The Joy Shop, Delmars, Maxine’s, Eatons, Zellers, Woolworth, the Metropolitan, Kresges, McNulty’s, Matthews Dry Goods, Macleod’s, Bryan’s, Bonnie’s, Barbara’s Hat & Dress Shop, Belgium Glove & Hosiery, Teen’s Dream Shop, Limbo the Stocking Shop, Joanne’s Dress Shop, Mrs. Bloom’s Dress Shop, Ellen’s Dress Shop, Helena’s Dress Shop, Hollingsworth Ladies Wear, Arcade Mode Shop, Gotham Style Shoppe, Normandie Shop, Kay’s Ladies Wear, or Metamorphosis.

Hammond organ

The main bus stop downtown was right in front of the front doors of Eaton's. You could go to Eaton’s groceteria and pick up a loaf of bread delivered fresh that morning by Three Star Bakery. Also at Eaton’s, you could listen to Nonna Cooper, an elderly, elegantly dressed woman in full makeup, who played the organ on the landing of the stairs leading downstairs to the lunch bar. As Nonna's fingers ran skillfully along the piano keys, her two white poodles sat obediently on the stool beside her. You would see her Cadillac parked out back behind Eaton's, by Kiddies Korner.

1960 Cadillac

You might also walk down to Cumberland Street to the Lorna Doone Candy Shop or down to Bay Street to Coronet Café or up to Rupert Street to the Little Mrs Queenie of Star Café. And if it was morning when the street car dropped you off on your way to work at Woolworth’s, you would see the shop owners out sweeping the street in front of their shops, like Mr. Perkamon (sp?) cleaning the sidewalk in front of the Joy Shop on Court St.

photo Thunder Bay Finnish Canadian Historical Society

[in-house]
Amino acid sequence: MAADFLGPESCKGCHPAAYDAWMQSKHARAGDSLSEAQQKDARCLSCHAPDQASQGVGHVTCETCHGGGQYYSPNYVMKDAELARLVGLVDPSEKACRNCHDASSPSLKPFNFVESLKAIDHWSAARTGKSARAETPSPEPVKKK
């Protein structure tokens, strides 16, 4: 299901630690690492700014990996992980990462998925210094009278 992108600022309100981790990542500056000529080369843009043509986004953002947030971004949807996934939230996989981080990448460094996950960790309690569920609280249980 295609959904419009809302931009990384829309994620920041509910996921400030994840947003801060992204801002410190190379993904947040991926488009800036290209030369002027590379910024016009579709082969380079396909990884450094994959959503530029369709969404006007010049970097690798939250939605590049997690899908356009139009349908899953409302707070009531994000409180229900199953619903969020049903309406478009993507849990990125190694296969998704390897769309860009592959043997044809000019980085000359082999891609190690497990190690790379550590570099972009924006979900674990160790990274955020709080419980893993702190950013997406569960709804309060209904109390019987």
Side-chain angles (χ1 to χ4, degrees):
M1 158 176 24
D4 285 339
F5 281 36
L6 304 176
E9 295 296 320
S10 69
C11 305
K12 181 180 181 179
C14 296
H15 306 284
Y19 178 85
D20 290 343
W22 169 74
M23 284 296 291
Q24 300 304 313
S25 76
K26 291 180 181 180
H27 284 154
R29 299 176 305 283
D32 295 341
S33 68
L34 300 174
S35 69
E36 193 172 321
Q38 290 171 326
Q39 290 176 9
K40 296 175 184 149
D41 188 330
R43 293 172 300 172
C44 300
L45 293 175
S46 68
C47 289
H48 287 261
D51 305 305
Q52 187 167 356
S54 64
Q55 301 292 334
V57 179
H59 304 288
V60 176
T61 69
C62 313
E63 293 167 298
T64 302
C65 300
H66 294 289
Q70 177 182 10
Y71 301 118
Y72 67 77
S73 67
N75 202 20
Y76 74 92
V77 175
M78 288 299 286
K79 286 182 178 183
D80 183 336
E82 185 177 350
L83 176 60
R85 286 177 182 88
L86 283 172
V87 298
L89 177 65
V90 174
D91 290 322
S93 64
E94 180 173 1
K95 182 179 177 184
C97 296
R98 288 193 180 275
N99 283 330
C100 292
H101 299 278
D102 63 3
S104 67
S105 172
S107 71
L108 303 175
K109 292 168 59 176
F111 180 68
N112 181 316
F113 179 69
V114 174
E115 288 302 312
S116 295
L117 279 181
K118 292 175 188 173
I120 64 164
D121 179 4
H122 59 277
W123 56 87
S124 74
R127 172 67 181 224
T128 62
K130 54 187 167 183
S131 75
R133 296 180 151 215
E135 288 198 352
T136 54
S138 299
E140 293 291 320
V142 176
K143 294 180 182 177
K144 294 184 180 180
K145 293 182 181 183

Or if you were walking to your job at the Algoma Steam Bath you would see Mr. Spovieri, shoemaker and inventor of the famous Spovieri’s shoe heel, sweeping in front of his shoe store.

In those days, people thought, what could I do? But now they say, it’s not my job. Ennen, ihmiset kysyy Mitä mä voin tehdä? Mutta nyt ne sanoo, Se ei oo mun työ.

Saturday, December 18, 2010

The Mall: Trail of Destruction

Shopping then and now, part 8
Intercity Shopping Centre Thunder Bay, Ontario

Unlike the shops of the past or the few independently owned local businesses that are struggling to stay alive today, the corporate stores in the Intercity shopping centre area are less places to mingle, to talk to the owner or other shoppers, and to pick up what you need, but places to go and look. You don’t need anything, but you go shopping to look and see what you can find. With so few public places left, the mall becomes our destination.

Eaton's Centre, downtown Toronto.

The mall is a destination in itself. Shopping has become entertainment. Something to do to fill time. Consumerism replaces civic engagement.

The Mall is someplace to see and be seen – it’s about looking. You go to look at “stuff” and to look at others and to be looked at, which means you have to dress up to go to The Mall [since we have only one major mall in Thunder Bay, that is what we call it: "The Mall."]

Ennen lähdetiin kauppaan ostamaan ussi talvi takki tai kesä laukku, ja jutella omistajan kans tai kukka näit kaupassa tai kadulla, mutta nyt vain lahdetään “Maalille” [Finglish]. Shoppinki [Finglish] on kerta kaikkiaan jotain tekemistä. Se on paika missä mennän kattomaan mitä näkyy. Tänään naiset lähde ostoksille aikaavietamään.

Your closet is already full of clothes, komero on täynä vaateita ja kaappi kengiä, mutta siltikiin ostoksille lähdedän vaikka ei olis mitään mielessä ostaa. You can hardly close your underwear drawer, you have low-heeled shoes and high heels and open toes and slip-ons and runners and sandals and strappy shoes and dress shoes in black, in brown, in grey and white, and yesterday you saw a really cute pair of pink shoes in the new Sears catalogue. Even though you have more than one of everything and you don’t need anything, you go shopping.

Today, you don't walk around downtown; the place you most likely head off to is either the shopping mall or a box store like Winners or Walmart.You go and look and see what you will find. Mä meen katomaan mitä mä löydän.